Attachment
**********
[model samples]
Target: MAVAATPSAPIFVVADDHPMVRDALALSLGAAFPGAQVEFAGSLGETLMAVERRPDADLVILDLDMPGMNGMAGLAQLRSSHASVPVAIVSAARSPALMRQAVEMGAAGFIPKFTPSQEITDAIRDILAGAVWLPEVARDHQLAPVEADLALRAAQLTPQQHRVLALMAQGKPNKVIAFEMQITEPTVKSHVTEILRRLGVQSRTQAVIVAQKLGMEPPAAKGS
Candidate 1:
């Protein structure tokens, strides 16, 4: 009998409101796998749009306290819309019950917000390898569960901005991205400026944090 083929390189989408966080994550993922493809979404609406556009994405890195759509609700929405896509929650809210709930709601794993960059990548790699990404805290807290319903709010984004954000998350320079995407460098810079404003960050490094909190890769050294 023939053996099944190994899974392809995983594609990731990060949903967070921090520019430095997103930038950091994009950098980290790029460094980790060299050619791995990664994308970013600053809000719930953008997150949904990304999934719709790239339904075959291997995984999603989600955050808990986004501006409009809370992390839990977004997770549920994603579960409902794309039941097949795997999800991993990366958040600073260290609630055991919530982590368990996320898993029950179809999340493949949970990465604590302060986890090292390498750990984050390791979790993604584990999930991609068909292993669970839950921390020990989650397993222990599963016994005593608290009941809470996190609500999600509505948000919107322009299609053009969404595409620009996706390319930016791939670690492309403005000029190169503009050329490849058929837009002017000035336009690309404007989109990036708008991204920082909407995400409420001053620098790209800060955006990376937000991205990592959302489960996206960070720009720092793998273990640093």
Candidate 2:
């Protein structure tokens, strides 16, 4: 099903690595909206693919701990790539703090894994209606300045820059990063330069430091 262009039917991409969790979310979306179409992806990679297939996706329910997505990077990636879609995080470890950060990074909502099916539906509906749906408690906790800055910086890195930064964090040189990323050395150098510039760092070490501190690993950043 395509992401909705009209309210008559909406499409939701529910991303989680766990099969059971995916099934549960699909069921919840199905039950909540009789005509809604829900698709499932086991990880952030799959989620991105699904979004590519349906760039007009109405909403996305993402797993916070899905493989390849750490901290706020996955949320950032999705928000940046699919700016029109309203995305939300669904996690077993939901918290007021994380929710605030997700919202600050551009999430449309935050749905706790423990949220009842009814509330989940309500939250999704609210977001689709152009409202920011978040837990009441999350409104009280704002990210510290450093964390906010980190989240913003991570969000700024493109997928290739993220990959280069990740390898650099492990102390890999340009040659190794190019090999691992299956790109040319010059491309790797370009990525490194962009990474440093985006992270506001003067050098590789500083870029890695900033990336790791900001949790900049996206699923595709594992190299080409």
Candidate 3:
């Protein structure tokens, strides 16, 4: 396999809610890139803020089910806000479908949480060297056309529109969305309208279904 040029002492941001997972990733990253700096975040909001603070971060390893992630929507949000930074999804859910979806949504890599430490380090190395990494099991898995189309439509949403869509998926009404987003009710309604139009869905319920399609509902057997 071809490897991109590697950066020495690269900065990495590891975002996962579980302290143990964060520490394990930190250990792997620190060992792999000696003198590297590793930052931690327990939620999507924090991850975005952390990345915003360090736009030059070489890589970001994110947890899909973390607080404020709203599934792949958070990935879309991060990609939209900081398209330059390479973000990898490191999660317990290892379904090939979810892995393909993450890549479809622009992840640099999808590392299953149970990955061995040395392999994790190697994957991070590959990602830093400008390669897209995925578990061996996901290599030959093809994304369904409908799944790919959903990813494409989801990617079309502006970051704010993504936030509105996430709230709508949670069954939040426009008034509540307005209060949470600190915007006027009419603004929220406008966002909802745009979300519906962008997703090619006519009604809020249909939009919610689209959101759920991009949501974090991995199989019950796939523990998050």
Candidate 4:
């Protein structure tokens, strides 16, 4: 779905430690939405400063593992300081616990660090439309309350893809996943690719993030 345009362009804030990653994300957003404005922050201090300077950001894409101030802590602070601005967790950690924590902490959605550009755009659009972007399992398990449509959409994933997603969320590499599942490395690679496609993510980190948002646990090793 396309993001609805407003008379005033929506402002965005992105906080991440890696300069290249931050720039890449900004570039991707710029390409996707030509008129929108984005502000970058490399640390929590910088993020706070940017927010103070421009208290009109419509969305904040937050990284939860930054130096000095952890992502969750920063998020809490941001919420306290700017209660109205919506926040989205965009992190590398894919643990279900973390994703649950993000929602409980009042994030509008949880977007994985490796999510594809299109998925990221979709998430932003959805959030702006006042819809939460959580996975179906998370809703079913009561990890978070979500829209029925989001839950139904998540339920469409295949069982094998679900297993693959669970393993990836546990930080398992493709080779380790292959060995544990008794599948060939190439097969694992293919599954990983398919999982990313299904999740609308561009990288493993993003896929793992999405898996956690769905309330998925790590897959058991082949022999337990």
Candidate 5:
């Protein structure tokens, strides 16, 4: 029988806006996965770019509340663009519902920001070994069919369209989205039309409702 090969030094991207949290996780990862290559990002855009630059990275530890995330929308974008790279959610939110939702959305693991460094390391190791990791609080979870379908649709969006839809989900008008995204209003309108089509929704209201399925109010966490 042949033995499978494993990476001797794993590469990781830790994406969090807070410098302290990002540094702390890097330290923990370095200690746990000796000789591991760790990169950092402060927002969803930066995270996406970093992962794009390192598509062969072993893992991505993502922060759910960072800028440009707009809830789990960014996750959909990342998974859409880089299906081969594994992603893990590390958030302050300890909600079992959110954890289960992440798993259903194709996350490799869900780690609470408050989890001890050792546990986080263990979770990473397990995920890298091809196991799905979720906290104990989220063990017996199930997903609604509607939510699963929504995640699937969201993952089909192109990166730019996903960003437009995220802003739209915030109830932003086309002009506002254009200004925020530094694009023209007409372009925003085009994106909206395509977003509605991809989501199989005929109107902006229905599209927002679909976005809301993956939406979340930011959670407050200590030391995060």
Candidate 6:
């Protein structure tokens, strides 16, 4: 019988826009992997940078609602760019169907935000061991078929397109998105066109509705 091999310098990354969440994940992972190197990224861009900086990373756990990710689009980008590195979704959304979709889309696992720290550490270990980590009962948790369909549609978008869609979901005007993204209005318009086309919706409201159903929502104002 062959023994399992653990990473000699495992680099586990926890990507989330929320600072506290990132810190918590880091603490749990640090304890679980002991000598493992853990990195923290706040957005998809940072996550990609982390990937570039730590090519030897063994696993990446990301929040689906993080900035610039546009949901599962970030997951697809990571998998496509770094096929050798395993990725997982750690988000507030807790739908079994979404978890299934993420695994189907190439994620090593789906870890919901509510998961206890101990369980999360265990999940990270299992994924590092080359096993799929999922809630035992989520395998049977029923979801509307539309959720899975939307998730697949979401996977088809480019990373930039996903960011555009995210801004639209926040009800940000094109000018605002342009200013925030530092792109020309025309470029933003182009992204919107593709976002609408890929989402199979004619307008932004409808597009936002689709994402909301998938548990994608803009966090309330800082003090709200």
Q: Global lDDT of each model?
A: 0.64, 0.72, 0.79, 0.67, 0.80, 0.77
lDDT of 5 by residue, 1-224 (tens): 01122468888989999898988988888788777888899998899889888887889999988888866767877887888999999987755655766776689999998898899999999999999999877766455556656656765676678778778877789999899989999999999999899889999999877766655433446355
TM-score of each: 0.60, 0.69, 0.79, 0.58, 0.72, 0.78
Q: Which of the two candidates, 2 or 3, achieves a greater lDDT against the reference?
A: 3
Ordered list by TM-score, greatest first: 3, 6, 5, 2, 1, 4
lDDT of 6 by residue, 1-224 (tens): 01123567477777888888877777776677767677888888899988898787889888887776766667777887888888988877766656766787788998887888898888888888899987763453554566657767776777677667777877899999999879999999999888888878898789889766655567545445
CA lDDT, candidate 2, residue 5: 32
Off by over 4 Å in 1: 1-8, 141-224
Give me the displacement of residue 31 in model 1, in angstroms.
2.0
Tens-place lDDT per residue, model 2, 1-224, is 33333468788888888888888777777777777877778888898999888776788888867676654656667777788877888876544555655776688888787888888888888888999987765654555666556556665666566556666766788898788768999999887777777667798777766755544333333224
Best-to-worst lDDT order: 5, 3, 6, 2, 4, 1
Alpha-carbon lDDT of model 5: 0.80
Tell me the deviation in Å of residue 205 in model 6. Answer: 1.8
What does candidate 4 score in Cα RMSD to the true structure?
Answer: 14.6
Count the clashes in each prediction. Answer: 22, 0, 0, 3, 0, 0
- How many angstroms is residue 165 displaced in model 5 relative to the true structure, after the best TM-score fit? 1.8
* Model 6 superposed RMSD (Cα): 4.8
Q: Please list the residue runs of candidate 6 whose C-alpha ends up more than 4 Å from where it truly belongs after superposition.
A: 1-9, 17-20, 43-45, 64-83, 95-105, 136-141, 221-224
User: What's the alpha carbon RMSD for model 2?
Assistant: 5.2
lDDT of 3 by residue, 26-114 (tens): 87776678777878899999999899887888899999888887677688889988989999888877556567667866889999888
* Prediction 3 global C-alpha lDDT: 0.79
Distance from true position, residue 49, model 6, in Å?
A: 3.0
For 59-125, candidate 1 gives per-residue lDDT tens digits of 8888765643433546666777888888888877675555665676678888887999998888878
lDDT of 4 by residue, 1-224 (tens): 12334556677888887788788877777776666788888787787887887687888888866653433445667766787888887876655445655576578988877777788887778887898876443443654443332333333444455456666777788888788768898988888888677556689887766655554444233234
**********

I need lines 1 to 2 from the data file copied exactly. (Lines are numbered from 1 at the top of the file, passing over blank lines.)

[model samples]
Target: MAVAATPSAPIFVVADDHPMVRDALALSLGAAFPGAQVEFAGSLGETLMAVERRPDADLVILDLDMPGMNGMAGLAQLRSSHASVPVAIVSAARSPALMRQAVEMGAAGFIPKFTPSQEITDAIRDILAGAVWLPEVARDHQLAPVEADLALRAAQLTPQQHRVLALMAQGKPNKVIAFEMQITEPTVKSHVTEILRRLGVQSRTQAVIVAQKLGMEPPAAKGS